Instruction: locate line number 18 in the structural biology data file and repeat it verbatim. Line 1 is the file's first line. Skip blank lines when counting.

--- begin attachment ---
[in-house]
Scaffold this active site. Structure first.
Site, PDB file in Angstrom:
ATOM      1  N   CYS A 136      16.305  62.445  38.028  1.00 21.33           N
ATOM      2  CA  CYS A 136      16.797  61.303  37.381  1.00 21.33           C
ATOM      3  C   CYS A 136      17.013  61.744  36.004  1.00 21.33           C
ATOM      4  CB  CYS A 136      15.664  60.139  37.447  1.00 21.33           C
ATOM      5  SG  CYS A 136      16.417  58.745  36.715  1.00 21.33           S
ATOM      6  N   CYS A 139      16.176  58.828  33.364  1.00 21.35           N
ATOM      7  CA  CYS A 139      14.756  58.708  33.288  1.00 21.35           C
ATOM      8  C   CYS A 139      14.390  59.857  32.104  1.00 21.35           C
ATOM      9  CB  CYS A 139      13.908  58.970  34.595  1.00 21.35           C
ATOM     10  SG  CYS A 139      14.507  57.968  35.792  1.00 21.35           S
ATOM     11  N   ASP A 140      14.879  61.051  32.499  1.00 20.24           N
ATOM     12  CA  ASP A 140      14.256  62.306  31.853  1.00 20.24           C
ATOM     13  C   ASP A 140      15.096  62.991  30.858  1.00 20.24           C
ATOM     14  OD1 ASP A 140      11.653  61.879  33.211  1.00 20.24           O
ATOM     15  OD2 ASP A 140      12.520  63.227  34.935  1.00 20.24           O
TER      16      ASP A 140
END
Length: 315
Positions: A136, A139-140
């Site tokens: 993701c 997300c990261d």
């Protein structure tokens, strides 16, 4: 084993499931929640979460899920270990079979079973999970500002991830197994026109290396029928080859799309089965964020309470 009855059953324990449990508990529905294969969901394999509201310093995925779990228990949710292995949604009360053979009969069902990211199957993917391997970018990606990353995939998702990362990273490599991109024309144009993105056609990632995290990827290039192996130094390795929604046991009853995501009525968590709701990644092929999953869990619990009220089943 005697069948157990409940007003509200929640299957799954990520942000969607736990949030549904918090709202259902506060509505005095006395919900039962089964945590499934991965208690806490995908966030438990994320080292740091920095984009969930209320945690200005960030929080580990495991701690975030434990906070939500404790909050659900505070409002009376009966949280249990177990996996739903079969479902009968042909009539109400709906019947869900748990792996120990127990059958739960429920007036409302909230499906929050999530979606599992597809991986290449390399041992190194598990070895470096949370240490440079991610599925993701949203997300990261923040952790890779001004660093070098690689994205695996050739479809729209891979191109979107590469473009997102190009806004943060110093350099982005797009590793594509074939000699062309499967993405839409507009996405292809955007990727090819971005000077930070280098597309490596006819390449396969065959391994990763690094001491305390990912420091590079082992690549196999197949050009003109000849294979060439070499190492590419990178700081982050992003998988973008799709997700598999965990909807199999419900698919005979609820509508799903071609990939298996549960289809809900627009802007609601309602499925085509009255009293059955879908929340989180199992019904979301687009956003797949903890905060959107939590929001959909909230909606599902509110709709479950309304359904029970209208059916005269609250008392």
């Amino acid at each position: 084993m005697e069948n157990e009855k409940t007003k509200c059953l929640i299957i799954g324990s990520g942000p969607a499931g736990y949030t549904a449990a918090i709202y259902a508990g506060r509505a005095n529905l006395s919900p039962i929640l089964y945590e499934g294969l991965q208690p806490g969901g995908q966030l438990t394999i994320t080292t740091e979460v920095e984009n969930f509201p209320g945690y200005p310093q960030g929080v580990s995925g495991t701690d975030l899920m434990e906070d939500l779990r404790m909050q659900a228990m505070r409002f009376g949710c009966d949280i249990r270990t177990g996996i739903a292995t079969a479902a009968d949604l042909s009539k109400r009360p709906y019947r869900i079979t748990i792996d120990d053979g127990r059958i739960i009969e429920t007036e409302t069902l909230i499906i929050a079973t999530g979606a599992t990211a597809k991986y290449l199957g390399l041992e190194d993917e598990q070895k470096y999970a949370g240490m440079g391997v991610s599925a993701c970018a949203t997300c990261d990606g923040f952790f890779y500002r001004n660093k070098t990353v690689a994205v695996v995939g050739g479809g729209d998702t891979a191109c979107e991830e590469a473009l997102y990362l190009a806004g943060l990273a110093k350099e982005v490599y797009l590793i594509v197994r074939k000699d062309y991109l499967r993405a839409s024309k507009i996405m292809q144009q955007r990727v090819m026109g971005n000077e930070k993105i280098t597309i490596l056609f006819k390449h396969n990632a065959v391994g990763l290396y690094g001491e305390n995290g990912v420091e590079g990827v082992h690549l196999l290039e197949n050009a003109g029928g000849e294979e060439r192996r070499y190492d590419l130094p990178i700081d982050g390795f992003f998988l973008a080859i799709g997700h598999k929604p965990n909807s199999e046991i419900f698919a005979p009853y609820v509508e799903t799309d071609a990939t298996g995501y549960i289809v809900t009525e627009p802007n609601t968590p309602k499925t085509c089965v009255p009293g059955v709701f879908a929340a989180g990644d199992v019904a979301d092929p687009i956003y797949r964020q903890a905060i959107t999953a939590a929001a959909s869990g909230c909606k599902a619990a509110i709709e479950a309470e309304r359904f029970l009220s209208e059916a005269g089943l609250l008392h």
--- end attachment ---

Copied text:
ATOM     15  OD2 ASP A 140      12.520  63.227  34.935  1.00 20.24           O